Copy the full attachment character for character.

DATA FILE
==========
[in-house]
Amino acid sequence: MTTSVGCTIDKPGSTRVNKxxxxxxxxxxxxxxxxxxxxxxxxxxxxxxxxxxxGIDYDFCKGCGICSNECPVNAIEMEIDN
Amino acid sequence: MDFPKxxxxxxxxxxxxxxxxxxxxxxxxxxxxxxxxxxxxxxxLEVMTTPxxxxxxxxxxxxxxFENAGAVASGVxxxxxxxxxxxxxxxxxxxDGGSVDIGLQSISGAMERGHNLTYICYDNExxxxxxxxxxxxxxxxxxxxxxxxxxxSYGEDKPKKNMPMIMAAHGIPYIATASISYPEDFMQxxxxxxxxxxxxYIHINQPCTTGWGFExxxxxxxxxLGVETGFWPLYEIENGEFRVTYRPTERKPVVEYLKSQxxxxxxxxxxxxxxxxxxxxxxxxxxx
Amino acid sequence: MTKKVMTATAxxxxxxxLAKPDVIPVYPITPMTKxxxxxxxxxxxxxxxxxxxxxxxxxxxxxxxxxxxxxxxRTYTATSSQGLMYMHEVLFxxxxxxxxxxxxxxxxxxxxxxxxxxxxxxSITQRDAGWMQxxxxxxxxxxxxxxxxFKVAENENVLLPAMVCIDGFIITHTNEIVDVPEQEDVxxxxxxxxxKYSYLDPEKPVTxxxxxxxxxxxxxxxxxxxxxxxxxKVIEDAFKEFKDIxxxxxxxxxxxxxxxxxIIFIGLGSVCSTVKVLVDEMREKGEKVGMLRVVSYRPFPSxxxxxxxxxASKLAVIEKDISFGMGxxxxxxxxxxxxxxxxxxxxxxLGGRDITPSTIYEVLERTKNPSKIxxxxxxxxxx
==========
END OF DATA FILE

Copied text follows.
[in-house]
Amino acid sequence: MTTSVGCTIDKPGSTRVNKxxxxxxxxxxxxxxxxxxxxxxxxxxxxxxxxxxxGIDYDFCKGCGICSNECPVNAIEMEIDN
Amino acid sequence: MDFPKxxxxxxxxxxxxxxxxxxxxxxxxxxxxxxxxxxxxxxxLEVMTTPxxxxxxxxxxxxxxFENAGAVASGVxxxxxxxxxxxxxxxxxxxDGGSVDIGLQSISGAMERGHNLTYICYDNExxxxxxxxxxxxxxxxxxxxxxxxxxxSYGEDKPKKNMPMIMAAHGIPYIATASISYPEDFMQxxxxxxxxxxxxYIHINQPCTTGWGFExxxxxxxxxLGVETGFWPLYEIENGEFRVTYRPTERKPVVEYLKSQxxxxxxxxxxxxxxxxxxxxxxxxxxx
Amino acid sequence: MTKKVMTATAxxxxxxxLAKPDVIPVYPITPMTKxxxxxxxxxxxxxxxxxxxxxxxxxxxxxxxxxxxxxxxRTYTATSSQGLMYMHEVLFxxxxxxxxxxxxxxxxxxxxxxxxxxxxxxSITQRDAGWMQxxxxxxxxxxxxxxxxFKVAENENVLLPAMVCIDGFIITHTNEIVDVPEQEDVxxxxxxxxxKYSYLDPEKPVTxxxxxxxxxxxxxxxxxxxxxxxxxKVIEDAFKEFKDIxxxxxxxxxxxxxxxxxIIFIGLGSVCSTVKVLVDEMREKGEKVGMLRVVSYRPFPSxxxxxxxxxASKLAVIEKDISFGMGxxxxxxxxxxxxxxxxxxxxxxLGGRDITPSTIYEVLERTKNPSKIxxxxxxxxxx